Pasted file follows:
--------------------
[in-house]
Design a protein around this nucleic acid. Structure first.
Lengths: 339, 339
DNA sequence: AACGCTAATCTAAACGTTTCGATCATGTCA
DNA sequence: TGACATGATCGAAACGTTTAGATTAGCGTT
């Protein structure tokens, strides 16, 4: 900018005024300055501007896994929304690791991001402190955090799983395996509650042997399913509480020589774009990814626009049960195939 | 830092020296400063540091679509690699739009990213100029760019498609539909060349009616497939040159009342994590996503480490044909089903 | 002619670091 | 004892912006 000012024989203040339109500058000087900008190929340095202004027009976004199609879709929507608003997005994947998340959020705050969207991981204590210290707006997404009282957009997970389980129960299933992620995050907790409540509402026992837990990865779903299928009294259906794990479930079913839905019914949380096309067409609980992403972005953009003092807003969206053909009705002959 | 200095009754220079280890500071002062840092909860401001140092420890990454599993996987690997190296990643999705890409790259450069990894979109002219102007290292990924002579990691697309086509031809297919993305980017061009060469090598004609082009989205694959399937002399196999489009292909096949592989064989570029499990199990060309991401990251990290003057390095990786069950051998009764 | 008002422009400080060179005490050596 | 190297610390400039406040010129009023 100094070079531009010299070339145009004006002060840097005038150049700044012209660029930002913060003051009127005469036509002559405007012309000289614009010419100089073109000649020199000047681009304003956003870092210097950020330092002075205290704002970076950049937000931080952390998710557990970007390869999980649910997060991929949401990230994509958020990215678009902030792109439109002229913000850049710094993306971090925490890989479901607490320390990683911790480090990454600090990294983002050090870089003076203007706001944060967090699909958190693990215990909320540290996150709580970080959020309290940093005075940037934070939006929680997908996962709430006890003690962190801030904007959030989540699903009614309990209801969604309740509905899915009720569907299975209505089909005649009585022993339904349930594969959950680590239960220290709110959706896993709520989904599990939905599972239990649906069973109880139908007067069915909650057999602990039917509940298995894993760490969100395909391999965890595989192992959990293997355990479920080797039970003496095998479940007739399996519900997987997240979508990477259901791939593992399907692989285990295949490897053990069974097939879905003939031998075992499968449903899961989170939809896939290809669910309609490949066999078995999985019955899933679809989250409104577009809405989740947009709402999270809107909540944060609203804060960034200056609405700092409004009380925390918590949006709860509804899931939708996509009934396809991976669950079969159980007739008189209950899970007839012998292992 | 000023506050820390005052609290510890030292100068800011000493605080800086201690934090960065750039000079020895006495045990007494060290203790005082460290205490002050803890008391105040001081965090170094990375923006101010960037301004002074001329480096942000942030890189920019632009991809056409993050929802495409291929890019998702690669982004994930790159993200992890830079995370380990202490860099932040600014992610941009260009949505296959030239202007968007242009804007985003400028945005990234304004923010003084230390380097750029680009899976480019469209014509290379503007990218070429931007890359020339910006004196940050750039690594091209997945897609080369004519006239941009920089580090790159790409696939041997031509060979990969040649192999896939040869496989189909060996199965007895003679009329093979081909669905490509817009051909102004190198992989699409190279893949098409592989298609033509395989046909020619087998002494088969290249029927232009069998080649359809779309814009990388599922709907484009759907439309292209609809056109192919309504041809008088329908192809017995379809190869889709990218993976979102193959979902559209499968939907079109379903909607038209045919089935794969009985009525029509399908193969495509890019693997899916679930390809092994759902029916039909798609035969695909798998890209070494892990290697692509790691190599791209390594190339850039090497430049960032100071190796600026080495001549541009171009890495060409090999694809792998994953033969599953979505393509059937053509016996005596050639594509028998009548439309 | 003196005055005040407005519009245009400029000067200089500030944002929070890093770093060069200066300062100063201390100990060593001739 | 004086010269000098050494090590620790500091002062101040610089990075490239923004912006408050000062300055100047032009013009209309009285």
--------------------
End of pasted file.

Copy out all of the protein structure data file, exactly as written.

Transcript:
[in-house]
Design a protein around this nucleic acid. Structure first.
Lengths: 339, 339
DNA sequence: AACGCTAATCTAAACGTTTCGATCATGTCA
DNA sequence: TGACATGATCGAAACGTTTAGATTAGCGTT
């Protein structure tokens, strides 16, 4: 900018005024300055501007896994929304690791991001402190955090799983395996509650042997399913509480020589774009990814626009049960195939 | 830092020296400063540091679509690699739009990213100029760019498609539909060349009616497939040159009342994590996503480490044909089903 | 002619670091 | 004892912006 000012024989203040339109500058000087900008190929340095202004027009976004199609879709929507608003997005994947998340959020705050969207991981204590210290707006997404009282957009997970389980129960299933992620995050907790409540509402026992837990990865779903299928009294259906794990479930079913839905019914949380096309067409609980992403972005953009003092807003969206053909009705002959 | 200095009754220079280890500071002062840092909860401001140092420890990454599993996987690997190296990643999705890409790259450069990894979109002219102007290292990924002579990691697309086509031809297919993305980017061009060469090598004609082009989205694959399937002399196999489009292909096949592989064989570029499990199990060309991401990251990290003057390095990786069950051998009764 | 008002422009400080060179005490050596 | 190297610390400039406040010129009023 100094070079531009010299070339145009004006002060840097005038150049700044012209660029930002913060003051009127005469036509002559405007012309000289614009010419100089073109000649020199000047681009304003956003870092210097950020330092002075205290704002970076950049937000931080952390998710557990970007390869999980649910997060991929949401990230994509958020990215678009902030792109439109002229913000850049710094993306971090925490890989479901607490320390990683911790480090990454600090990294983002050090870089003076203007706001944060967090699909958190693990215990909320540290996150709580970080959020309290940093005075940037934070939006929680997908996962709430006890003690962190801030904007959030989540699903009614309990209801969604309740509905899915009720569907299975209505089909005649009585022993339904349930594969959950680590239960220290709110959706896993709520989904599990939905599972239990649906069973109880139908007067069915909650057999602990039917509940298995894993760490969100395909391999965890595989192992959990293997355990479920080797039970003496095998479940007739399996519900997987997240979508990477259901791939593992399907692989285990295949490897053990069974097939879905003939031998075992499968449903899961989170939809896939290809669910309609490949066999078995999985019955899933679809989250409104577009809405989740947009709402999270809107909540944060609203804060960034200056609405700092409004009380925390918590949006709860509804899931939708996509009934396809991976669950079969159980007739008189209950899970007839012998292992 | 000023506050820390005052609290510890030292100068800011000493605080800086201690934090960065750039000079020895006495045990007494060290203790005082460290205490002050803890008391105040001081965090170094990375923006101010960037301004002074001329480096942000942030890189920019632009991809056409993050929802495409291929890019998702690669982004994930790159993200992890830079995370380990202490860099932040600014992610941009260009949505296959030239202007968007242009804007985003400028945005990234304004923010003084230390380097750029680009899976480019469209014509290379503007990218070429931007890359020339910006004196940050750039690594091209997945897609080369004519006239941009920089580090790159790409696939041997031509060979990969040649192999896939040869496989189909060996199965007895003679009329093979081909669905490509817009051909102004190198992989699409190279893949098409592989298609033509395989046909020619087998002494088969290249029927232009069998080649359809779309814009990388599922709907484009759907439309292209609809056109192919309504041809008088329908192809017995379809190869889709990218993976979102193959979902559209499968939907079109379903909607038209045919089935794969009985009525029509399908193969495509890019693997899916679930390809092994759902029916039909798609035969695909798998890209070494892990290697692509790691190599791209390594190339850039090497430049960032100071190796600026080495001549541009171009890495060409090999694809792998994953033969599953979505393509059937053509016996005596050639594509028998009548439309 | 003196005055005040407005519009245009400029000067200089500030944002929070890093770093060069200066300062100063201390100990060593001739 | 004086010269000098050494090590620790500091002062101040610089990075490239923004912006408050000062300055100047032009013009209309009285």